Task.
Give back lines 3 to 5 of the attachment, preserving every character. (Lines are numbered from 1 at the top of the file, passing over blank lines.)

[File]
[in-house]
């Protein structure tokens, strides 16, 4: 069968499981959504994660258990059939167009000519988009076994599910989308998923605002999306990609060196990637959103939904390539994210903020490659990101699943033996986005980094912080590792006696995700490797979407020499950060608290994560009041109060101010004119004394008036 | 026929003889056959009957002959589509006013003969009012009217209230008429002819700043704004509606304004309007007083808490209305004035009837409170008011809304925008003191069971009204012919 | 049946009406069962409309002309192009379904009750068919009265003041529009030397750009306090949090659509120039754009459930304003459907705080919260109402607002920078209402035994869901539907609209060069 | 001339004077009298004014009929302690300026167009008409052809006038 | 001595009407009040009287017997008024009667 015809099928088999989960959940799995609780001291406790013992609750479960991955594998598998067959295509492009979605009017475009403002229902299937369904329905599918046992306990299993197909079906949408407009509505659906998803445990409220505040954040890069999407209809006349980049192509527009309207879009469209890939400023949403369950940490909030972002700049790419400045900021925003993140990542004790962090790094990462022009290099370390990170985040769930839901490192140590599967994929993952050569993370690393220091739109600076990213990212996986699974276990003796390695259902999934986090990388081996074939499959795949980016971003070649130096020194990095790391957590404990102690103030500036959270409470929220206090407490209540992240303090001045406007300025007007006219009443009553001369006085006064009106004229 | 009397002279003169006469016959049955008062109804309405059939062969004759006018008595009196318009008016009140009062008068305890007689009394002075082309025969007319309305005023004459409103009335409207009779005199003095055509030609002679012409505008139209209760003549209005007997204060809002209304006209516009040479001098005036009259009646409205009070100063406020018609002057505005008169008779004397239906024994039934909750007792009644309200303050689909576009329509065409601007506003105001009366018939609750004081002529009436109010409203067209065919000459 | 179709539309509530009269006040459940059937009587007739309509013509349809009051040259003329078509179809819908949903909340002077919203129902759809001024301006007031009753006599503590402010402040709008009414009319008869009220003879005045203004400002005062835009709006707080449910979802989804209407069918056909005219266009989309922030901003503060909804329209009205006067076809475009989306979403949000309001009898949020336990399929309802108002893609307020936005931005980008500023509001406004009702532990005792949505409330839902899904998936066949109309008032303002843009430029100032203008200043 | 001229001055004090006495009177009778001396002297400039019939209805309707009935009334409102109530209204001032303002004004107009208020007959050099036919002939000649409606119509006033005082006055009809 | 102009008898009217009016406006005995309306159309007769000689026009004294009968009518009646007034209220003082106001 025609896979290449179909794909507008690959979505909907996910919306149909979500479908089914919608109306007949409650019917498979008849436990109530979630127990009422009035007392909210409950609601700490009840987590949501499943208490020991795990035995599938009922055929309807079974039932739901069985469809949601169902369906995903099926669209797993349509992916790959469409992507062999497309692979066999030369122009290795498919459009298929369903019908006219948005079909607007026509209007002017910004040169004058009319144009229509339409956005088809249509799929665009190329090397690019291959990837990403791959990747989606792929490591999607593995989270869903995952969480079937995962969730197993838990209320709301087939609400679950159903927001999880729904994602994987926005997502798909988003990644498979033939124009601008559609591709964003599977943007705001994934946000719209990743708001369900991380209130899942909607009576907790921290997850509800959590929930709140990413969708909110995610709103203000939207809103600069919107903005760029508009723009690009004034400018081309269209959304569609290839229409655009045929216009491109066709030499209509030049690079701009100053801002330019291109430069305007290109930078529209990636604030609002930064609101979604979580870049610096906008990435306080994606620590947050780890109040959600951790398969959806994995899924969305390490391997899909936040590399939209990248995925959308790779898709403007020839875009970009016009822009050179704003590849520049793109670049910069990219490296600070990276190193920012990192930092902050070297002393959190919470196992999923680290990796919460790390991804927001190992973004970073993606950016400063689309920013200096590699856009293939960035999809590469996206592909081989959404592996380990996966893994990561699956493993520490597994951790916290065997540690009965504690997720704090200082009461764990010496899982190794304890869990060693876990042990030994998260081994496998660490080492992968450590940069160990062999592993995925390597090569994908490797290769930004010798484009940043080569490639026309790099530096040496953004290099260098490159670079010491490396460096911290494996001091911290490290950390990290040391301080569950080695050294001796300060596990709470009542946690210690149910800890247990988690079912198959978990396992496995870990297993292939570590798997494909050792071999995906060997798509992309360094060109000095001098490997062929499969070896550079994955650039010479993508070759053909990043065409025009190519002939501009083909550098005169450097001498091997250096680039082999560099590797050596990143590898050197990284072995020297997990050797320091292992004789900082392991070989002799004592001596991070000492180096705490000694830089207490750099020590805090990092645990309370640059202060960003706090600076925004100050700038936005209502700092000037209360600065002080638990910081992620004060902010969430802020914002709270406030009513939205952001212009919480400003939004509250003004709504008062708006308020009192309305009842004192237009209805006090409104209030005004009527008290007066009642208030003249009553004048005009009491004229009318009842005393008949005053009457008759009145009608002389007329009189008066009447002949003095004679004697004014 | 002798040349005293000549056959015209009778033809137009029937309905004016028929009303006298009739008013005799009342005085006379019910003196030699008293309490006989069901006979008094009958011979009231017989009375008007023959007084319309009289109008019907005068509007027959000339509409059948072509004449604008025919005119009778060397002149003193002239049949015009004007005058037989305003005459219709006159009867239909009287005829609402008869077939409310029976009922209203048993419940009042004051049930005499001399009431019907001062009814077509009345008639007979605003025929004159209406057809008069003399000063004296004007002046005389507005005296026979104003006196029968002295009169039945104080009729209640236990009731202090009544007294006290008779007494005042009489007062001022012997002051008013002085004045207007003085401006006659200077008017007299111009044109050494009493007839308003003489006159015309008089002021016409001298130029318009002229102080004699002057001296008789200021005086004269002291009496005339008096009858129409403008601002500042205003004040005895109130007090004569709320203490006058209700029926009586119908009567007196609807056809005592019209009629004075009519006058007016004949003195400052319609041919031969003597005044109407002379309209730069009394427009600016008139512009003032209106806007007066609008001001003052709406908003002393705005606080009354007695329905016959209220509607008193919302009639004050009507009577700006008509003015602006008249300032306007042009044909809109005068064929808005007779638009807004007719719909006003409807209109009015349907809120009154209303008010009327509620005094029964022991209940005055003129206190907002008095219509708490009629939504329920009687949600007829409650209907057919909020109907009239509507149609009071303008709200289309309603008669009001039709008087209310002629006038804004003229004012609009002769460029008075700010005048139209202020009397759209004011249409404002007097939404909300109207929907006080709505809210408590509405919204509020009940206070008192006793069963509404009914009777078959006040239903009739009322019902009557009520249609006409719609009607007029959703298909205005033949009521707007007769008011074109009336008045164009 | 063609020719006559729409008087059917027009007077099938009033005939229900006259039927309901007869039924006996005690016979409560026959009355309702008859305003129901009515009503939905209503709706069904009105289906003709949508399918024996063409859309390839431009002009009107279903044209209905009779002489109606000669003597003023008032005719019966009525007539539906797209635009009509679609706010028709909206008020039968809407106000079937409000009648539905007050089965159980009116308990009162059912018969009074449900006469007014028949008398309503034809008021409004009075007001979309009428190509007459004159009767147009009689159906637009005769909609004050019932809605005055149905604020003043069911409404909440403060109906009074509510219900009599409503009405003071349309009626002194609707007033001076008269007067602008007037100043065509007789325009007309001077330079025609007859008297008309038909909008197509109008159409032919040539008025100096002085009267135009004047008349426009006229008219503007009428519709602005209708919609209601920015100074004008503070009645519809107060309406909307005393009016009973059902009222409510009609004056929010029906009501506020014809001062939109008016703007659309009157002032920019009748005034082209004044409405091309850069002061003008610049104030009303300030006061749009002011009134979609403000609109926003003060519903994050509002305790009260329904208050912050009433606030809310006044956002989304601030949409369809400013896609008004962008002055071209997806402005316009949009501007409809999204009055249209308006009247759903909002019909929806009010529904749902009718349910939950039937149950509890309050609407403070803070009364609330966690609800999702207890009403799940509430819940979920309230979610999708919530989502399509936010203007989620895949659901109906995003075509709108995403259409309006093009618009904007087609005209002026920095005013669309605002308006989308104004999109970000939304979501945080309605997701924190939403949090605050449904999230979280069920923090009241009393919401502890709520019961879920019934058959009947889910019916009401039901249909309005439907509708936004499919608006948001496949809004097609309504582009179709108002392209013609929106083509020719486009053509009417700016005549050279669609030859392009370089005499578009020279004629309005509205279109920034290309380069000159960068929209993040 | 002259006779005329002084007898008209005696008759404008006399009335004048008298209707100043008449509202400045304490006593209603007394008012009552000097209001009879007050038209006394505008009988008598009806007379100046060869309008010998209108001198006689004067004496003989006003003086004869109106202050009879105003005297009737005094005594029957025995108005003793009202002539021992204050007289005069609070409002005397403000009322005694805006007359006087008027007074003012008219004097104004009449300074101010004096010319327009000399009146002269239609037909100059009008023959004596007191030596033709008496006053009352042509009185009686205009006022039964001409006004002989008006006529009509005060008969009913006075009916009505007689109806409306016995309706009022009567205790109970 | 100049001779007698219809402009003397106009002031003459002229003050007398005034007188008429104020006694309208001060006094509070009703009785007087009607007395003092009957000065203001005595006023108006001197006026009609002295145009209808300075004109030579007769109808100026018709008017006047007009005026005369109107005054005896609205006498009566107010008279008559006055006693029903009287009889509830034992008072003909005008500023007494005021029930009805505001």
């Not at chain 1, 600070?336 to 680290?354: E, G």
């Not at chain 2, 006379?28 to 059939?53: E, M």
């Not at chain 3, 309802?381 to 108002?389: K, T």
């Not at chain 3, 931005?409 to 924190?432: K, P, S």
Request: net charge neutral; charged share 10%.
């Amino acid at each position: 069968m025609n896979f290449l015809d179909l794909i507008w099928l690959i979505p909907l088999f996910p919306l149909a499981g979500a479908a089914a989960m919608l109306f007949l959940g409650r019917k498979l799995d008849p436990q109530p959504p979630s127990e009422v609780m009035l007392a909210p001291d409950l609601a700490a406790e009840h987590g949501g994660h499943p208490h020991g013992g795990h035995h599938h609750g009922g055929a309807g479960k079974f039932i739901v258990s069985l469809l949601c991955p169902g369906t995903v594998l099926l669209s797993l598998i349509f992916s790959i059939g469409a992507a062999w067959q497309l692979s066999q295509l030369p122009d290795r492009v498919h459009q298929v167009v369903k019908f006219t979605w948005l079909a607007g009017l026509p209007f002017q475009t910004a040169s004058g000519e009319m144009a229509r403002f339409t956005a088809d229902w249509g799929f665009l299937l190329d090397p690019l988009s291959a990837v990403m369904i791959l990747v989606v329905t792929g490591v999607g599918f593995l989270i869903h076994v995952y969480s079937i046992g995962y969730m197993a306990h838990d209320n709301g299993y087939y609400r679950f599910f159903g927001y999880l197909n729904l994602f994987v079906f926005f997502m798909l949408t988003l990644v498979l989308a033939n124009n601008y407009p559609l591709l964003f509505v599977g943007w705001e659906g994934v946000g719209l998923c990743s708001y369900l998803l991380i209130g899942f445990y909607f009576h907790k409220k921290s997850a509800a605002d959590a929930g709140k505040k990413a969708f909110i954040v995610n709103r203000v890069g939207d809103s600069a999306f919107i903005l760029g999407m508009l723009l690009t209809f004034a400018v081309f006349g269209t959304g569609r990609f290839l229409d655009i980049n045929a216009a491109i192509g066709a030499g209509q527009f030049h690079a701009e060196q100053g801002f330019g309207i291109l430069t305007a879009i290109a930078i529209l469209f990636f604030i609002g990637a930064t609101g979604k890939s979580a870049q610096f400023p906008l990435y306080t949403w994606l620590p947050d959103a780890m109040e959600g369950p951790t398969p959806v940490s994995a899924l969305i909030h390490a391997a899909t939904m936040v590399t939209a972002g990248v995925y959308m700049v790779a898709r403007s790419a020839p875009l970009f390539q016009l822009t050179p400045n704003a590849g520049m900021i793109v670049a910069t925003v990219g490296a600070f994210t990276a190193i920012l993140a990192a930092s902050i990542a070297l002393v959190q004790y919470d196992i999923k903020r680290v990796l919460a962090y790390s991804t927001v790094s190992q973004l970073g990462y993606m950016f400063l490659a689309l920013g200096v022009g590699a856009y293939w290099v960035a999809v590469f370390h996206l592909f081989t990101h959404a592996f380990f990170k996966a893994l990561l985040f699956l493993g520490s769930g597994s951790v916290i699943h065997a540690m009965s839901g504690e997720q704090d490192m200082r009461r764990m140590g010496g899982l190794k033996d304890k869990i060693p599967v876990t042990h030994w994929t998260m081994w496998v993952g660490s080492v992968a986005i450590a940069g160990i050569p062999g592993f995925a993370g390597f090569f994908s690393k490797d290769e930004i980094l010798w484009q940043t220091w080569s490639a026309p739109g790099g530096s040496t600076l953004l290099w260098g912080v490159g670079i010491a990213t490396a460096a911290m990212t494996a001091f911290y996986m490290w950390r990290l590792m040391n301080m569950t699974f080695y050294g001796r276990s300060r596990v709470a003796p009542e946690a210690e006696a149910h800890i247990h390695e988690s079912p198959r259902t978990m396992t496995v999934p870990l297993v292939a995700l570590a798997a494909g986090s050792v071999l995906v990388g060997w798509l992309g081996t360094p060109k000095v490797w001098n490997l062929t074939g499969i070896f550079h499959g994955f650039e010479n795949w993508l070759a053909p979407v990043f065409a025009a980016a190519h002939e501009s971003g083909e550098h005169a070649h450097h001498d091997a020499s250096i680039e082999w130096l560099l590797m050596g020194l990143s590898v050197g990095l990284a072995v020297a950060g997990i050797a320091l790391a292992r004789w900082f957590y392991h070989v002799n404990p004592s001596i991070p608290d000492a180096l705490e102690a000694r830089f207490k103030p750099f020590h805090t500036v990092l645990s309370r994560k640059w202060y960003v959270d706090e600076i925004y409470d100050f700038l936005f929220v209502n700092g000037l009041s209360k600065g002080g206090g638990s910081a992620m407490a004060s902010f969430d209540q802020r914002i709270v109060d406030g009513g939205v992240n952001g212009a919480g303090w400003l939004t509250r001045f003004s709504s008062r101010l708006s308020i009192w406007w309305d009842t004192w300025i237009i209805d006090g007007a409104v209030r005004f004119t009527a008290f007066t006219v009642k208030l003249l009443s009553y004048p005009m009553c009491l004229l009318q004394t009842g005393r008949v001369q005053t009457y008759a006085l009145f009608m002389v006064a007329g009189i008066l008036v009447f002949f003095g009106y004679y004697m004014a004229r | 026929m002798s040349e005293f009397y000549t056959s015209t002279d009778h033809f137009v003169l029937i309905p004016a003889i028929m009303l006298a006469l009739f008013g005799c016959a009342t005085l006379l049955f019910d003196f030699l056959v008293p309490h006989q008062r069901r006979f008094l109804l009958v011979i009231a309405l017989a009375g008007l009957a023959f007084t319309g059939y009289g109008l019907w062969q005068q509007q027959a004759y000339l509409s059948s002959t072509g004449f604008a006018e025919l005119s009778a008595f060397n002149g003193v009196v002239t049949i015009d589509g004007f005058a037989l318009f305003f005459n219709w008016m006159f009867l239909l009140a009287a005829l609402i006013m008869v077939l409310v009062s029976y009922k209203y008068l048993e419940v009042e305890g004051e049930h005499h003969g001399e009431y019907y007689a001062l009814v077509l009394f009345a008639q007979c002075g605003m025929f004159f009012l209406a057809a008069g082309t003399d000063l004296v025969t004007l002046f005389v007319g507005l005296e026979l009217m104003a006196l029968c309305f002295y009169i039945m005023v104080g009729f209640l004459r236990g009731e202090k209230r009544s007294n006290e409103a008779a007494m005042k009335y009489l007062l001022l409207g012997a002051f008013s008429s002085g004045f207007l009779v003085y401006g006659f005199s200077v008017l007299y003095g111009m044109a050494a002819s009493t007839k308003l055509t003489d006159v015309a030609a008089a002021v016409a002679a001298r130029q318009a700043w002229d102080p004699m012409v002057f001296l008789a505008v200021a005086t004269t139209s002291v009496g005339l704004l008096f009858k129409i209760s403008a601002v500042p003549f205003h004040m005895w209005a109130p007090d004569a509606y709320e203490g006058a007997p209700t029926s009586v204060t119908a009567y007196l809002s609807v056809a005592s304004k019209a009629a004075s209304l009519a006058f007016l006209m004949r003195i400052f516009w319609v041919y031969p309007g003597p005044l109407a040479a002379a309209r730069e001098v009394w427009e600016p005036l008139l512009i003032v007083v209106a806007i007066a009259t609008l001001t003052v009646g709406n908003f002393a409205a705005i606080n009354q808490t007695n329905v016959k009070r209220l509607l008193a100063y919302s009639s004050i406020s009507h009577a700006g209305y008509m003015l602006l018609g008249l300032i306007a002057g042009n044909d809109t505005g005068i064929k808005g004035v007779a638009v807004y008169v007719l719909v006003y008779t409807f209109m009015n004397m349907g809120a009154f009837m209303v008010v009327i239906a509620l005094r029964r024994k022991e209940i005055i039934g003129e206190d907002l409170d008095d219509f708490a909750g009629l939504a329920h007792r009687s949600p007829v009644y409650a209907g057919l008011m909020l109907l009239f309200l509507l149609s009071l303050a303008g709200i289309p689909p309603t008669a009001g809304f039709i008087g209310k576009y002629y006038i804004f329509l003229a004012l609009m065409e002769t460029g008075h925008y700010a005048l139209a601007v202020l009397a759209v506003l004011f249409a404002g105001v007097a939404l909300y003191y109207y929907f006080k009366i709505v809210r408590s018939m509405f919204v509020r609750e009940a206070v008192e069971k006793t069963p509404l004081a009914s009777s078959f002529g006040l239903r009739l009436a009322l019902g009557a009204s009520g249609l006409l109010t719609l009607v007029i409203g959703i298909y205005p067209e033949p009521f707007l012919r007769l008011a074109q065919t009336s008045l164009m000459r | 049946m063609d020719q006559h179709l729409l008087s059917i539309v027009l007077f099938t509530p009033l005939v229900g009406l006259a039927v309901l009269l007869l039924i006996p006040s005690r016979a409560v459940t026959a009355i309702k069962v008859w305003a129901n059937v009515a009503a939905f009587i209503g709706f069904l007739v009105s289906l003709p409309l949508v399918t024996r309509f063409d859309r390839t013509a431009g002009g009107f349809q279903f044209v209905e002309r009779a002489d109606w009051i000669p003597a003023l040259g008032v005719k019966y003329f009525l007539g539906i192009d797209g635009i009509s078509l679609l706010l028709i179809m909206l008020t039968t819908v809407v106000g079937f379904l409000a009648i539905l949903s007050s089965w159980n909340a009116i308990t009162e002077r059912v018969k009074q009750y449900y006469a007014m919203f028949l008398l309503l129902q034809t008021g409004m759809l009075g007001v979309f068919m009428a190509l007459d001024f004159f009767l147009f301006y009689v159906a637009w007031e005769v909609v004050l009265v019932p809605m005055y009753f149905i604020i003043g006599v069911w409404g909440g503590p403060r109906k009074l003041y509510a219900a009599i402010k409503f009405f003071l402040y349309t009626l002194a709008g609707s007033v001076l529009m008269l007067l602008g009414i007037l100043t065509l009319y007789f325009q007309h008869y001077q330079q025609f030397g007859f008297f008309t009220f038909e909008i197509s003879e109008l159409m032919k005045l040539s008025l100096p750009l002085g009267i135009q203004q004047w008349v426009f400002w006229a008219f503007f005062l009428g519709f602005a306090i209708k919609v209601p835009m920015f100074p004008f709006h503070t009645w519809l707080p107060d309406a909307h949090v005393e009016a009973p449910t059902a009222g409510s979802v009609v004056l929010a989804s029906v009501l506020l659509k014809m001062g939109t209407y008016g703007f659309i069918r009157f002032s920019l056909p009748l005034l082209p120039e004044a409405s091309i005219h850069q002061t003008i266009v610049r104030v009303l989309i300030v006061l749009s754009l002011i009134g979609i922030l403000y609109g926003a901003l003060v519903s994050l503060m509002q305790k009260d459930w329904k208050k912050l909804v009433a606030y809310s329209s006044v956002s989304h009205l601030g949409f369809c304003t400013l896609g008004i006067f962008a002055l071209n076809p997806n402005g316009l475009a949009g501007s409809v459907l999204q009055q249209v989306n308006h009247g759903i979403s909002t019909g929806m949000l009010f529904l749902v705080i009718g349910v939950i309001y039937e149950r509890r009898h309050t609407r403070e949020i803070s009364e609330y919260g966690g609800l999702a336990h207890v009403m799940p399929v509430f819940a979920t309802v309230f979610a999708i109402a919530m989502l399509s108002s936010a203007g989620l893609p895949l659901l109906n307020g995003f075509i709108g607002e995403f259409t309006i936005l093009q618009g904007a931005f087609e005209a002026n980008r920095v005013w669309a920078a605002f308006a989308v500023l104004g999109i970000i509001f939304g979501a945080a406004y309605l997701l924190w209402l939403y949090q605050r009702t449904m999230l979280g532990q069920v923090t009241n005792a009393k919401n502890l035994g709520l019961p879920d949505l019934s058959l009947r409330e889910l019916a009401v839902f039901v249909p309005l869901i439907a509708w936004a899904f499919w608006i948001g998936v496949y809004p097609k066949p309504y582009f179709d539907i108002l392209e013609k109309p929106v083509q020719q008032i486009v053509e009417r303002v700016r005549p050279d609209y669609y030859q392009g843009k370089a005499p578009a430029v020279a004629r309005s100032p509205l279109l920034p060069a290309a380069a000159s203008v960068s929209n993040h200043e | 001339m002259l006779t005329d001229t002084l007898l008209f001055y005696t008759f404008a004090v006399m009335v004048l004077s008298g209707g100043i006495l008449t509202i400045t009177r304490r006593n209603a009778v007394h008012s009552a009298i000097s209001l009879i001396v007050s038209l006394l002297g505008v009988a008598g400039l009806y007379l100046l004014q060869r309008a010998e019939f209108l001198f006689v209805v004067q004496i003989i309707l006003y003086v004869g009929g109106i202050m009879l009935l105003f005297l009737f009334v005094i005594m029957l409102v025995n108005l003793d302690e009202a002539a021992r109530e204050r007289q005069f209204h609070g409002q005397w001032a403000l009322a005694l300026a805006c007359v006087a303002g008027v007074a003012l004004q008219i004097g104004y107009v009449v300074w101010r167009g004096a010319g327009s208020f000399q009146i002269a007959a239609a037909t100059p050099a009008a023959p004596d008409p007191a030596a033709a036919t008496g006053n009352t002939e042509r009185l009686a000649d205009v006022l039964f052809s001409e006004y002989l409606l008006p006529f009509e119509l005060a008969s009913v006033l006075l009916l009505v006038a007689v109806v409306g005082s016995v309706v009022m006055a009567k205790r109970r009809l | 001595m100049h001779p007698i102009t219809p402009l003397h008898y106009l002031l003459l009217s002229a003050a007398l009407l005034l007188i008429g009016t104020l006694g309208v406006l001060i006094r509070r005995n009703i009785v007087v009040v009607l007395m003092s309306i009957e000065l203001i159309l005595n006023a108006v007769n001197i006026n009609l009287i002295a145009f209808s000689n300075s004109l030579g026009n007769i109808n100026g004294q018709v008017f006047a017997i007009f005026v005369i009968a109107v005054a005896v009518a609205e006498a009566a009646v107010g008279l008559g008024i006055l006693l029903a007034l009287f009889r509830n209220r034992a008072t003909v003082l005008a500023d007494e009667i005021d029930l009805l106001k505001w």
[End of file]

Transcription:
């Not at chain 1, 600070?336 to 680290?354: E, G």
């Not at chain 2, 006379?28 to 059939?53: E, M």
């Not at chain 3, 309802?381 to 108002?389: K, T």